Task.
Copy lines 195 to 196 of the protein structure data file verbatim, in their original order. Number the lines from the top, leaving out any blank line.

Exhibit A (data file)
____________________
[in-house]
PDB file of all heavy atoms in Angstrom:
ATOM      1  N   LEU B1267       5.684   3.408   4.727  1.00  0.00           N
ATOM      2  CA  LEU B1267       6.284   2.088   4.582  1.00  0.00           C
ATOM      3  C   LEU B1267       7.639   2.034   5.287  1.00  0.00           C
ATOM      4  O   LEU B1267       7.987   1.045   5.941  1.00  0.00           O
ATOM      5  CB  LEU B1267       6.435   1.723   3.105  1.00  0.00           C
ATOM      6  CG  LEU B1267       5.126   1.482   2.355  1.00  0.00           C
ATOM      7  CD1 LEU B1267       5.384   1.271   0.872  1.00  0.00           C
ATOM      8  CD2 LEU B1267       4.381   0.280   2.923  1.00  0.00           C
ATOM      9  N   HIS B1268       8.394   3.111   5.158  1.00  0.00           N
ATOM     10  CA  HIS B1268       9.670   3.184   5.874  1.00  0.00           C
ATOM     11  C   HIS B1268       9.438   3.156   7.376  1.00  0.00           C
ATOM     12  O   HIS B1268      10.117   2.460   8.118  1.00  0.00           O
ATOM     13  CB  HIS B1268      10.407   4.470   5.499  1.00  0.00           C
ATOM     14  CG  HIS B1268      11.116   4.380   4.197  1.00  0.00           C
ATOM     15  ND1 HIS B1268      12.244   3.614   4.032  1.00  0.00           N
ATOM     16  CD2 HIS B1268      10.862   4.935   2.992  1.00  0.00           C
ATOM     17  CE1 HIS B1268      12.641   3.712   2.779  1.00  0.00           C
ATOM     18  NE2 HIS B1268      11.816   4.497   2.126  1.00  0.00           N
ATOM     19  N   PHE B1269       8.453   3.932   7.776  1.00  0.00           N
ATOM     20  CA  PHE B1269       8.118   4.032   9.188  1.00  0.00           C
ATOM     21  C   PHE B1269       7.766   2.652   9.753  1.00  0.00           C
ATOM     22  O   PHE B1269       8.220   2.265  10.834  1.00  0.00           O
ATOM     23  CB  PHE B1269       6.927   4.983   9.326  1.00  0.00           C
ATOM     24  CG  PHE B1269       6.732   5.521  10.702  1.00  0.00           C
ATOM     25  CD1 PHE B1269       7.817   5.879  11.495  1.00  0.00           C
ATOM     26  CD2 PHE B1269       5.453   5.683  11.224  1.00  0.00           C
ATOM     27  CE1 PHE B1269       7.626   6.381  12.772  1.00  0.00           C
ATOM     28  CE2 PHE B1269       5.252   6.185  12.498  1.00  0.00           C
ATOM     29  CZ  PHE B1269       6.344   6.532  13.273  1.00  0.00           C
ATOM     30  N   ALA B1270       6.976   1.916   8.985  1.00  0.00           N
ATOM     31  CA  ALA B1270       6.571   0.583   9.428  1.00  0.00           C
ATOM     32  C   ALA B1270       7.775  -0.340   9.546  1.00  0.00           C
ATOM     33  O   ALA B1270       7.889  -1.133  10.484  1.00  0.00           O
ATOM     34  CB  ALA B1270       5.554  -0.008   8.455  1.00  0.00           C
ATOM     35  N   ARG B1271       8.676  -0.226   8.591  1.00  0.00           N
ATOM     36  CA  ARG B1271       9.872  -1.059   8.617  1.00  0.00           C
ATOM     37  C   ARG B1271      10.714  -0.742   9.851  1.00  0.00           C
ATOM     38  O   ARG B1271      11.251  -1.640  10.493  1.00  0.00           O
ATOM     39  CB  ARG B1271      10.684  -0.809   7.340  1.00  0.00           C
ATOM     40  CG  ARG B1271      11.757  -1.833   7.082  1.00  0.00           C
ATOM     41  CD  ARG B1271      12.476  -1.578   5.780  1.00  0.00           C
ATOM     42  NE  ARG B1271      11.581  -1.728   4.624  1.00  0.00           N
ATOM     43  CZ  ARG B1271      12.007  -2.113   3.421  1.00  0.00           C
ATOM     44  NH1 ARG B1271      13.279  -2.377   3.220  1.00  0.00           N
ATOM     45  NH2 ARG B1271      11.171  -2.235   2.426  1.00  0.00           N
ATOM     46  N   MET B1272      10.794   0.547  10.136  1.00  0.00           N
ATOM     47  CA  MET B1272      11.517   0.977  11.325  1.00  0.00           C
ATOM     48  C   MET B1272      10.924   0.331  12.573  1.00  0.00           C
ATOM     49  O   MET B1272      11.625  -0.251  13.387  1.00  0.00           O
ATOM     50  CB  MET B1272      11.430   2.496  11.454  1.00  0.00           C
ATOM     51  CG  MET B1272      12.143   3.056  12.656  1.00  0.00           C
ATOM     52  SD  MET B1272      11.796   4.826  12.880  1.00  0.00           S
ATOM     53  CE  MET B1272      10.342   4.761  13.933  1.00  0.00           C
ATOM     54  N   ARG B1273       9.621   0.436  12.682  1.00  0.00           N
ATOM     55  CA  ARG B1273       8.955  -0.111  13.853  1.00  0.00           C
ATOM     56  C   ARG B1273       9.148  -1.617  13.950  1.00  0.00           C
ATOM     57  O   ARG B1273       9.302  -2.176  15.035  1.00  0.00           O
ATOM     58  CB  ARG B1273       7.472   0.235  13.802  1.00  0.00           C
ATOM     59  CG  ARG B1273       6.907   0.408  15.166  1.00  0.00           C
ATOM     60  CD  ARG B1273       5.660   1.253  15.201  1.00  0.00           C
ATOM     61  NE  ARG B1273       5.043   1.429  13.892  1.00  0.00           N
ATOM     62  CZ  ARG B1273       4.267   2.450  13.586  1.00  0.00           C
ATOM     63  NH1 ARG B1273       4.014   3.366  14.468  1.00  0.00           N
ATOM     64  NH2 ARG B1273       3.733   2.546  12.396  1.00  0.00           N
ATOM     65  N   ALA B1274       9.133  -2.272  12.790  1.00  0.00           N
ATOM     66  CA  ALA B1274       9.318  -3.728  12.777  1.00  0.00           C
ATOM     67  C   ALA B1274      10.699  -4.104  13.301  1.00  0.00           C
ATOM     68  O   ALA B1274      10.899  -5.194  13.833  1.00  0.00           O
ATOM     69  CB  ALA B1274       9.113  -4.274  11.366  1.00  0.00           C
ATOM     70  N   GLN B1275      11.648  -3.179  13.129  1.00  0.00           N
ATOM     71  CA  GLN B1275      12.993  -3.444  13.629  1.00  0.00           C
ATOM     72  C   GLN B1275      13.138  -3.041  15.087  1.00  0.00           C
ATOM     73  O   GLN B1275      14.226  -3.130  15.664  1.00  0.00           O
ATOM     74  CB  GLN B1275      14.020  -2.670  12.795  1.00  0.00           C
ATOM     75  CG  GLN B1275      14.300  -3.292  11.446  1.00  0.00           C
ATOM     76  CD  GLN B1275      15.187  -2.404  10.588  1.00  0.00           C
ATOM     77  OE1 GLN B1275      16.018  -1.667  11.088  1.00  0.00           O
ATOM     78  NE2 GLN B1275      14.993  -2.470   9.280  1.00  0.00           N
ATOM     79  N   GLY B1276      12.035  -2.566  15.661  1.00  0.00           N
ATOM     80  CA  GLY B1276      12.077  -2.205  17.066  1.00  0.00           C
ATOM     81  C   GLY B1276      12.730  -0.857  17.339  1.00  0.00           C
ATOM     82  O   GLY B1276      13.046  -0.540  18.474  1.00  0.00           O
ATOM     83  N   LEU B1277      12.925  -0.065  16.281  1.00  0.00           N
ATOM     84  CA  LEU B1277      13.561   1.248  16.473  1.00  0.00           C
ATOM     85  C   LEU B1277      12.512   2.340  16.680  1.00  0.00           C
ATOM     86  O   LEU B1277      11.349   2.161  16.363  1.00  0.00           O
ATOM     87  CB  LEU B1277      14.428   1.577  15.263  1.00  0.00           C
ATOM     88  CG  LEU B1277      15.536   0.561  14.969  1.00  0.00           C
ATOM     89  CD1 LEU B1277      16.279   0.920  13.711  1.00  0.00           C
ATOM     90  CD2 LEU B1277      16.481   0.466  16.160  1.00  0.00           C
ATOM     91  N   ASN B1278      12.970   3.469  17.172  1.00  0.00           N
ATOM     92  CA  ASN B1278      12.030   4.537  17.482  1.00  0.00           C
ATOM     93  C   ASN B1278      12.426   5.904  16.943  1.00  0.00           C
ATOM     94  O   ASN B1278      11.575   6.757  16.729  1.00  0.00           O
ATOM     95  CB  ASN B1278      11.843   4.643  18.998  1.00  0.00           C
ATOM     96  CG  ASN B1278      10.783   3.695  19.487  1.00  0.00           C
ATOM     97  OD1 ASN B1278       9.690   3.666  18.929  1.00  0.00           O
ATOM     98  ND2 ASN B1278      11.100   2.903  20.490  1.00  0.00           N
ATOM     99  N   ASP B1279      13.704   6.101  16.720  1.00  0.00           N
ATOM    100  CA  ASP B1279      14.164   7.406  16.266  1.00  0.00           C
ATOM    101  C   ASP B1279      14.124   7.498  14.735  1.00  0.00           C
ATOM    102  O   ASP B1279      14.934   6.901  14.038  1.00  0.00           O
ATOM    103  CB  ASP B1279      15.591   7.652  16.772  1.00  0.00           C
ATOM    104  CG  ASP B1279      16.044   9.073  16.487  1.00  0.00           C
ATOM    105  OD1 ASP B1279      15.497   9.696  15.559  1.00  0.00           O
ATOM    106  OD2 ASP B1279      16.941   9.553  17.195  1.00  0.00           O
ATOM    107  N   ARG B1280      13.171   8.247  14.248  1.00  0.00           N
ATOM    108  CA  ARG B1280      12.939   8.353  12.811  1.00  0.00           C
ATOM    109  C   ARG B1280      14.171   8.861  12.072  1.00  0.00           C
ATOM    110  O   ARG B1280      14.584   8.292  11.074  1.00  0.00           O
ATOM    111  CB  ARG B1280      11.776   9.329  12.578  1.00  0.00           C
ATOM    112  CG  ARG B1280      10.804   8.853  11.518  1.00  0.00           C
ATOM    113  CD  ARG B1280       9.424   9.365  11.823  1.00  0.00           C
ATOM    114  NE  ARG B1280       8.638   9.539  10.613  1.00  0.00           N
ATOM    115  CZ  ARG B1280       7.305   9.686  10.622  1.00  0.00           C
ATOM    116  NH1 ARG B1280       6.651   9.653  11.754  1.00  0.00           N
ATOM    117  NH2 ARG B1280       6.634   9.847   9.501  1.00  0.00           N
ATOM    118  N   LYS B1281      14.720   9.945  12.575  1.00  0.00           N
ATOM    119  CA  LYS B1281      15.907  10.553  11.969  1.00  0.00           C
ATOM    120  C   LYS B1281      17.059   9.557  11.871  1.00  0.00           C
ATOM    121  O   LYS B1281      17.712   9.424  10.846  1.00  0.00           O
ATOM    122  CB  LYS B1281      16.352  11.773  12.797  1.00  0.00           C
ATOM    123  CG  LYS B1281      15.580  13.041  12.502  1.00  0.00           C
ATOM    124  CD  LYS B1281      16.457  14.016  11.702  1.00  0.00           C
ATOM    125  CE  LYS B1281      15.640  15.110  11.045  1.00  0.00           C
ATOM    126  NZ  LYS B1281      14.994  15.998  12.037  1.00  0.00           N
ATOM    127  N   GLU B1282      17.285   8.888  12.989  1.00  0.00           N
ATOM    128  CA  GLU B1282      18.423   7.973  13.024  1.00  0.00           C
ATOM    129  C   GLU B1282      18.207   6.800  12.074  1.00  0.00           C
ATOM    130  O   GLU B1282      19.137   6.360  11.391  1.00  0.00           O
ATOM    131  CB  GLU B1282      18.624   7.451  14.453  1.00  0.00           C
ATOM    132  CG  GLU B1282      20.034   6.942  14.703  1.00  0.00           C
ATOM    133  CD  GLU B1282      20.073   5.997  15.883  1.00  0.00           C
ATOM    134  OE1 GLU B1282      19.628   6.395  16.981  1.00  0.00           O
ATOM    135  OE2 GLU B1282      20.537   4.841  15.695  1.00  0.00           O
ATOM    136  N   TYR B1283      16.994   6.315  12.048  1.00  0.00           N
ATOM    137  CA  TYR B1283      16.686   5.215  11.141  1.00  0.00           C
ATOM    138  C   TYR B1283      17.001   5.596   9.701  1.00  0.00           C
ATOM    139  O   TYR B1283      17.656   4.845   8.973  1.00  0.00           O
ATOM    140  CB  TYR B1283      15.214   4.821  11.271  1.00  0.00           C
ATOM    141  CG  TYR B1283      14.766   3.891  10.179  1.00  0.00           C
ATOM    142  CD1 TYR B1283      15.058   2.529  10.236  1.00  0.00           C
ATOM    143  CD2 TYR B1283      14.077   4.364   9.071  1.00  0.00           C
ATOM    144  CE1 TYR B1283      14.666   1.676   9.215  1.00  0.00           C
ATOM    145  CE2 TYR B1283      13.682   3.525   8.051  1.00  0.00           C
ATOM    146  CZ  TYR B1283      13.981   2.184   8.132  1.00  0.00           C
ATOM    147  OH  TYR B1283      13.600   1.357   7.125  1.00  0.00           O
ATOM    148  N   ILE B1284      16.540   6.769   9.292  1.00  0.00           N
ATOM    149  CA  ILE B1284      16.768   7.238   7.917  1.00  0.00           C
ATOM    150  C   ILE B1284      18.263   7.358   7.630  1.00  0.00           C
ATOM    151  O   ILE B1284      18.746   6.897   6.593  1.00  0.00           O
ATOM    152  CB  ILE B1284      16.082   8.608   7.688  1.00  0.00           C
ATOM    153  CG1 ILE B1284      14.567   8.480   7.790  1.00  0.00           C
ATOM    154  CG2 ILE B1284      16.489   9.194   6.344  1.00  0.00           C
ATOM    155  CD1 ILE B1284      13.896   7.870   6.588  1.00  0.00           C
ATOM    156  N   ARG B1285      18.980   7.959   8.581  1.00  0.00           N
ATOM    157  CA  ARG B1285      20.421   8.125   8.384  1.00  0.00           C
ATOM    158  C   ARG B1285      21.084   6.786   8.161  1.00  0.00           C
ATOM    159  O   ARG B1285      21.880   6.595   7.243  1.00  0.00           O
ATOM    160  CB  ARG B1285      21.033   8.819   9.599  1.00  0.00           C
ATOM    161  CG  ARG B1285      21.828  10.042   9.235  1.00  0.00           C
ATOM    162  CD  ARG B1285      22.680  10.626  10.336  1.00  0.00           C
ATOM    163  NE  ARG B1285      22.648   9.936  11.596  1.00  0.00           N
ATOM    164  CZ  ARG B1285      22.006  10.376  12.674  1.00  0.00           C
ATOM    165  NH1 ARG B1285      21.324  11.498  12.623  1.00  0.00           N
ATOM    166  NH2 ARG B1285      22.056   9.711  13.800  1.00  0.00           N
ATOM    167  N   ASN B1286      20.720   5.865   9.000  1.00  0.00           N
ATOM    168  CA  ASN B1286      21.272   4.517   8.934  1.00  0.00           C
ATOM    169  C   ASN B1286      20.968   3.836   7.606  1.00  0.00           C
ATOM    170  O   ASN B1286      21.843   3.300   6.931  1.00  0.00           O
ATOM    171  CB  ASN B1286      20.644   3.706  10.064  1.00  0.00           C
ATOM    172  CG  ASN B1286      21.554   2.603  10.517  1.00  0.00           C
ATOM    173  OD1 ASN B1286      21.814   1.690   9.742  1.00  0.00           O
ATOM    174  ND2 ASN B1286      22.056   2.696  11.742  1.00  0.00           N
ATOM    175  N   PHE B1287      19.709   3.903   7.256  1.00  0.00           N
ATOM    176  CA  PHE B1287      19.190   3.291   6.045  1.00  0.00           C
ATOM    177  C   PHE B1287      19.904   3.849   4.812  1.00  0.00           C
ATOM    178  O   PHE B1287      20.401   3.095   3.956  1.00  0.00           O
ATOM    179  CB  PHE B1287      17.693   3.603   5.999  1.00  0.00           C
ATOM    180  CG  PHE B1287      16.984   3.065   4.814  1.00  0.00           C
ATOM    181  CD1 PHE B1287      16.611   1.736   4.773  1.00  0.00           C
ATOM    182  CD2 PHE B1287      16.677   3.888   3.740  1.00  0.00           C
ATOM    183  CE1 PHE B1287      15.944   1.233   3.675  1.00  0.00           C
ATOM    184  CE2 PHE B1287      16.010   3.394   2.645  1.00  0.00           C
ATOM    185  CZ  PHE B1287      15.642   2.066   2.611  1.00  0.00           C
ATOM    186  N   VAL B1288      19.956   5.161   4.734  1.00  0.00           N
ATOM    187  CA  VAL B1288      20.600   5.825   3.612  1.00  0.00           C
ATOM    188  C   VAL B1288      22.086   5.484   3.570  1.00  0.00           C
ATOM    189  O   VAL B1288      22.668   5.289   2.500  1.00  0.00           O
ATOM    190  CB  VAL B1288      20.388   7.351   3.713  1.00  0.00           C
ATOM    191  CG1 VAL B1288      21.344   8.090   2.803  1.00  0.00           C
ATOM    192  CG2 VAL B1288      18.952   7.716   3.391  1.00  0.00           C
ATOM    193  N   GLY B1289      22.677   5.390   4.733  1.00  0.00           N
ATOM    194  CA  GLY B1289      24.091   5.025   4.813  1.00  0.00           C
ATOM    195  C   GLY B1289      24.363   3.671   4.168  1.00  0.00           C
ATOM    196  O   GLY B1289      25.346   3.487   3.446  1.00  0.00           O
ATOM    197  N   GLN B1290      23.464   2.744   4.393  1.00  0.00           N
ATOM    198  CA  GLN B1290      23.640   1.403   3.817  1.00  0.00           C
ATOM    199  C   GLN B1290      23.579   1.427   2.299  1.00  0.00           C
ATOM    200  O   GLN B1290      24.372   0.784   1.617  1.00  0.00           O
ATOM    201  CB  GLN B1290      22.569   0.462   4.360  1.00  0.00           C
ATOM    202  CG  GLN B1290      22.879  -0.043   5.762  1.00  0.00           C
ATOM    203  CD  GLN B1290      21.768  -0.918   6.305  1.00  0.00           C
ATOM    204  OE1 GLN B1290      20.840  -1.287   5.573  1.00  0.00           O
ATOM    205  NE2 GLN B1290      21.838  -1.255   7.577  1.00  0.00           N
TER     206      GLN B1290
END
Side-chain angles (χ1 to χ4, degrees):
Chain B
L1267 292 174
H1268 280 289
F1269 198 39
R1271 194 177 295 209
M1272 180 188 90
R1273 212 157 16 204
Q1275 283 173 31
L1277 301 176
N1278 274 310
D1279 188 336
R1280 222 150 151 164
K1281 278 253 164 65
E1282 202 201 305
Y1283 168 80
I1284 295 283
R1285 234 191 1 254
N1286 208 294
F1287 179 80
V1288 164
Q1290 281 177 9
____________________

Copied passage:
ATOM    193  N   GLY B1289      22.677   5.390   4.733  1.00  0.00           N
ATOM    194  CA  GLY B1289      24.091   5.025   4.813  1.00  0.00           C